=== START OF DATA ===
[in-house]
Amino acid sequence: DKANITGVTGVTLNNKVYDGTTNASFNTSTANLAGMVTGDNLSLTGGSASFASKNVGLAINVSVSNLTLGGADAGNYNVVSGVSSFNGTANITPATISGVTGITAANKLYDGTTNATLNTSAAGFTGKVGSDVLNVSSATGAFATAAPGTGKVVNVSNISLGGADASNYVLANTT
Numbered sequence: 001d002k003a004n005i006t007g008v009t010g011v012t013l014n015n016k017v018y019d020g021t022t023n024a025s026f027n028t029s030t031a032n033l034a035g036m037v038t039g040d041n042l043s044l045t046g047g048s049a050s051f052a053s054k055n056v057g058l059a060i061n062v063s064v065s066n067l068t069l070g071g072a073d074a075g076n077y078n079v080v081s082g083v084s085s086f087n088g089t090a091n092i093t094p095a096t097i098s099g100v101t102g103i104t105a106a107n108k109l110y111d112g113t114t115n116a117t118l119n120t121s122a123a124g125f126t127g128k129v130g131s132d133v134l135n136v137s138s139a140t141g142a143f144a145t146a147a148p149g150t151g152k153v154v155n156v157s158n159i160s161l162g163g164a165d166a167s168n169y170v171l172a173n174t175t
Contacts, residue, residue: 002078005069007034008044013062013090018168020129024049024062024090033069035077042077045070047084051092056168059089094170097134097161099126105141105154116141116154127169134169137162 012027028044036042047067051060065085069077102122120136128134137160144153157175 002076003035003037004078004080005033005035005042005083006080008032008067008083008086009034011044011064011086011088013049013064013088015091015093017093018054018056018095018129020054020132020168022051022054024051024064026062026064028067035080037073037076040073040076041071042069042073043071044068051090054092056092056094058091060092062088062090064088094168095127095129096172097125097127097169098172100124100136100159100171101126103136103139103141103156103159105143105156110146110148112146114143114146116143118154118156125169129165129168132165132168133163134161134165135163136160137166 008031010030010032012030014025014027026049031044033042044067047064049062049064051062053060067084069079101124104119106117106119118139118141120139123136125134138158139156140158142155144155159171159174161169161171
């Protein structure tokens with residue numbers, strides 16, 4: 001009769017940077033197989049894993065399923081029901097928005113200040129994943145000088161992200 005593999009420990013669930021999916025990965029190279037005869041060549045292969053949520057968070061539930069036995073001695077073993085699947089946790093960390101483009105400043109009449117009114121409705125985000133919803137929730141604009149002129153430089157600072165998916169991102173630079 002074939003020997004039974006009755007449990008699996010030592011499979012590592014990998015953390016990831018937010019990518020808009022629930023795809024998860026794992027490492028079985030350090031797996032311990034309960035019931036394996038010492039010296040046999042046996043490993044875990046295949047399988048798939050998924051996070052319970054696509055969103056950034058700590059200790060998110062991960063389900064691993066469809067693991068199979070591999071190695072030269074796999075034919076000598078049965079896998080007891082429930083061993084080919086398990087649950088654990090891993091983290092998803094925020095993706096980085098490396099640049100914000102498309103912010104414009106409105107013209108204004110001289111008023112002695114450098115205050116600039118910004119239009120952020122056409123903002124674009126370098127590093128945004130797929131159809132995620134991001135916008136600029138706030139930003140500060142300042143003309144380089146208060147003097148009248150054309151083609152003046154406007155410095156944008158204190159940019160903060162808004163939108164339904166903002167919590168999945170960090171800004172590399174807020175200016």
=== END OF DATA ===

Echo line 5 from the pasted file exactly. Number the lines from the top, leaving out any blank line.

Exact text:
């Protein structure tokens with residue numbers, strides 16, 4: 001009769017940077033197989049894993065399923081029901097928005113200040129994943145000088161992200 005593999009420990013669930021999916025990965029190279037005869041060549045292969053949520057968070061539930069036995073001695077073993085699947089946790093960390101483009105400043109009449117009114121409705125985000133919803137929730141604009149002129153430089157600072165998916169991102173630079 002074939003020997004039974006009755007449990008699996010030592011499979012590592014990998015953390016990831018937010019990518020808009022629930023795809024998860026794992027490492028079985030350090031797996032311990034309960035019931036394996038010492039010296040046999042046996043490993044875990046295949047399988048798939050998924051996070052319970054696509055969103056950034058700590059200790060998110062991960063389900064691993066469809067693991068199979070591999071190695072030269074796999075034919076000598078049965079896998080007891082429930083061993084080919086398990087649950088654990090891993091983290092998803094925020095993706096980085098490396099640049100914000102498309103912010104414009106409105107013209108204004110001289111008023112002695114450098115205050116600039118910004119239009120952020122056409123903002124674009126370098127590093128945004130797929131159809132995620134991001135916008136600029138706030139930003140500060142300042143003309144380089146208060147003097148009248150054309151083609152003046154406007155410095156944008158204190159940019160903060162808004163939108164339904166903002167919590168999945170960090171800004172590399174807020175200016």